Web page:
Upon reading the Petition of the Governors of Sutton Hospital, desiring to have certain Lands restored to them in the Fens, taken from (fn. 3) them by the Defendants; it is Ordered, That the Consideration of this Cause be referred to the Committee for Petitions, to be heard on Thursday come Sevennight, in the Afternoon; and the Defendants to have a Copy of the Petition.
Serjeant Glanvile Leave to be absent.
Ld. Rich's Privilege. Camock's Arrest. Phillips discharged.
Upon the Petition of Thomas Phillips, committed to The Fleet by Order of this House, for arresting Tho. Camocke, Servant to the Lord Rich, contrary to the Privilege of Parliament; it is Ordered, That the said Tho. (fn. 4) Phillips (upon his Submission) be forthwith released and discharged from his present Imprisonment, concerning this Business.
Ld. Chief Justice of the King's Bench, Leave to be absent.
Vicarage of Bucknell.
Ordered, That the Lord Bishop of Hereford shall have Power, by virtue of this Order, to put in a Third Man, to supply the Cure of the Vicarage of Bucknill; and that Powell shall go on in his Quare Impedit in Lent Assizes next, or else lose the Benefit of the former Order made by this House in this Cause; and that the Sequestration of the Profits of the said Vicarage shall continue until the Trial be ended.
Message from the H. C. for a Conference about disbanding the Armies.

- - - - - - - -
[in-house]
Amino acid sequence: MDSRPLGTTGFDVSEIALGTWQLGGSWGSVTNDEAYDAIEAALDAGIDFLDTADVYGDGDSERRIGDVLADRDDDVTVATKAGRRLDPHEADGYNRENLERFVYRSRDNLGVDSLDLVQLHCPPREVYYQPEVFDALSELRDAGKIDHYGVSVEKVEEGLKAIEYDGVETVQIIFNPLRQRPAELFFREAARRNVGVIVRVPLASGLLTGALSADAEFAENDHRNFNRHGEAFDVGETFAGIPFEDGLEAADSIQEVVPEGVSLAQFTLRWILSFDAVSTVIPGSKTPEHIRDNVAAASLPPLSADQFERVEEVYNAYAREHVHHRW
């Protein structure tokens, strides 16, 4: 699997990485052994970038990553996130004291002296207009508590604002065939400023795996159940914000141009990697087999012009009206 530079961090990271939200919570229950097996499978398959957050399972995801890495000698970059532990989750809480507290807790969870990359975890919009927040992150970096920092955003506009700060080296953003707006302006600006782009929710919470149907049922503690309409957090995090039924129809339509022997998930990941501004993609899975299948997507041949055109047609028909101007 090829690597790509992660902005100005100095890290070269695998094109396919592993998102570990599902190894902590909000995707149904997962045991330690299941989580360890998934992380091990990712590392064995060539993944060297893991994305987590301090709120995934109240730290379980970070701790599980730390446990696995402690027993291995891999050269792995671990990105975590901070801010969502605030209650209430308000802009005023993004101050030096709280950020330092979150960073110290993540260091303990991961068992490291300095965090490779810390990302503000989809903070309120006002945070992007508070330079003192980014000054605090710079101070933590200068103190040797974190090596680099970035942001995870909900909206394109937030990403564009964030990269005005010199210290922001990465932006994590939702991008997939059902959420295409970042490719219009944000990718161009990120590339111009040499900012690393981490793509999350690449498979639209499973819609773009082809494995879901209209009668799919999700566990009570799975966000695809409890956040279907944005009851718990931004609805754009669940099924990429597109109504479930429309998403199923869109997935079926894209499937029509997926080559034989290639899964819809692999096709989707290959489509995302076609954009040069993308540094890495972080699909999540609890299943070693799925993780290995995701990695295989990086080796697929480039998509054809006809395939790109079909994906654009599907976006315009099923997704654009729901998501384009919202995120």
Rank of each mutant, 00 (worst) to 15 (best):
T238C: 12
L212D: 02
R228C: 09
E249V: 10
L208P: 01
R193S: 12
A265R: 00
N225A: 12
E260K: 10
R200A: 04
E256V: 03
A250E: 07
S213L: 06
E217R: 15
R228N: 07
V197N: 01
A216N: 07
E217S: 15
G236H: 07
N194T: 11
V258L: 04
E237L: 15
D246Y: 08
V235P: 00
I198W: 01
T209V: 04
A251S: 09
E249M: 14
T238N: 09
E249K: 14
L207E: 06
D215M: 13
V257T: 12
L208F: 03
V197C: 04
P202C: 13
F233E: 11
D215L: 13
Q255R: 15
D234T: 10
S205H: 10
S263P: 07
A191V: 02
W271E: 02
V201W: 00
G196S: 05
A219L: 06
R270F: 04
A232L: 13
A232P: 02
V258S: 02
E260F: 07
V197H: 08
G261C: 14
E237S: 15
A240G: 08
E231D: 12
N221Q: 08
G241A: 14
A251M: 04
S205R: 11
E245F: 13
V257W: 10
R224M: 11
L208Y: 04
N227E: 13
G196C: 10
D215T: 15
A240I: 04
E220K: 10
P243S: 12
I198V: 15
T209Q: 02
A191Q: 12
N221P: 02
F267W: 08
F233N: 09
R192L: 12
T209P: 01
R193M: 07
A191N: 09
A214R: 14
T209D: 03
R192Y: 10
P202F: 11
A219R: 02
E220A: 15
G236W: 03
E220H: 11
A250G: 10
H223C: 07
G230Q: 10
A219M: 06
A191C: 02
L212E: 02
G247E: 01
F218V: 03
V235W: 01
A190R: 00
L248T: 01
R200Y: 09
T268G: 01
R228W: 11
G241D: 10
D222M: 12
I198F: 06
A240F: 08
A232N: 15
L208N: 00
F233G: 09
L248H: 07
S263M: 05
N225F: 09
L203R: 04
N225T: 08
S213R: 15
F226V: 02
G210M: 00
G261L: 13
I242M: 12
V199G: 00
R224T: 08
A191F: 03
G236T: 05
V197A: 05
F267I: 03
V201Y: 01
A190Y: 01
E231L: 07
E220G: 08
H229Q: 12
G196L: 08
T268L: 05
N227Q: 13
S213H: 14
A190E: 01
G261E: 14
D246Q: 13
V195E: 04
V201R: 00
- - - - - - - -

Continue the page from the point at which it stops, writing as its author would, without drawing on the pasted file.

Lords Reporters appointed.
The House was adjourned during Pleasure, and the Lords went to the Conference; which being ended, the Lord Privy Seal reported the Effect of this Conference; which was, "That whereas it was formerly intimated at a Conference, that the Scottish Commissioners declared, That their Army would draw themselves into a Camp, and begin to march away out of this Kingdom within Eight and Forty Hours after they had received the Monies of Arrears at Newcastle, and the Eighty Thousand Pounds in Part of the Brotherly Assistance, and had Security for the Payment of the rest; the House of Commons having now paid them all their Arrears at Newcastle, and Eighty Thousand Pounds in London, and have performed all that was agreed to be performed by them, they desire, that the Lords Commissioners may move the Scotts Commissioners, in the Name of both Houses of Parliament, that their Army may march away, according to their Promise.
"And further, the House of Commons desires this House would join with them, to write Letters to the Lord General of the King's Army, to disband the Horse and Foot presently, that so Peace may be fettled, and Jealousies removed."
Tonnage and Poundage Bill.
A Message from the House of Commons, by Mr. Solicitor St. Johns; who brought up a Bill, intituled, "A Subsidy granted to the King, of Tonnage and Poundage, and other Sums of Money, payable upon Merchandizes exported and imported:" And desired that this Bill might pass by a special Commission; and that the said Commission may be issued out before His Majesty be out of this Kingdom, in His Journey towards Scotland.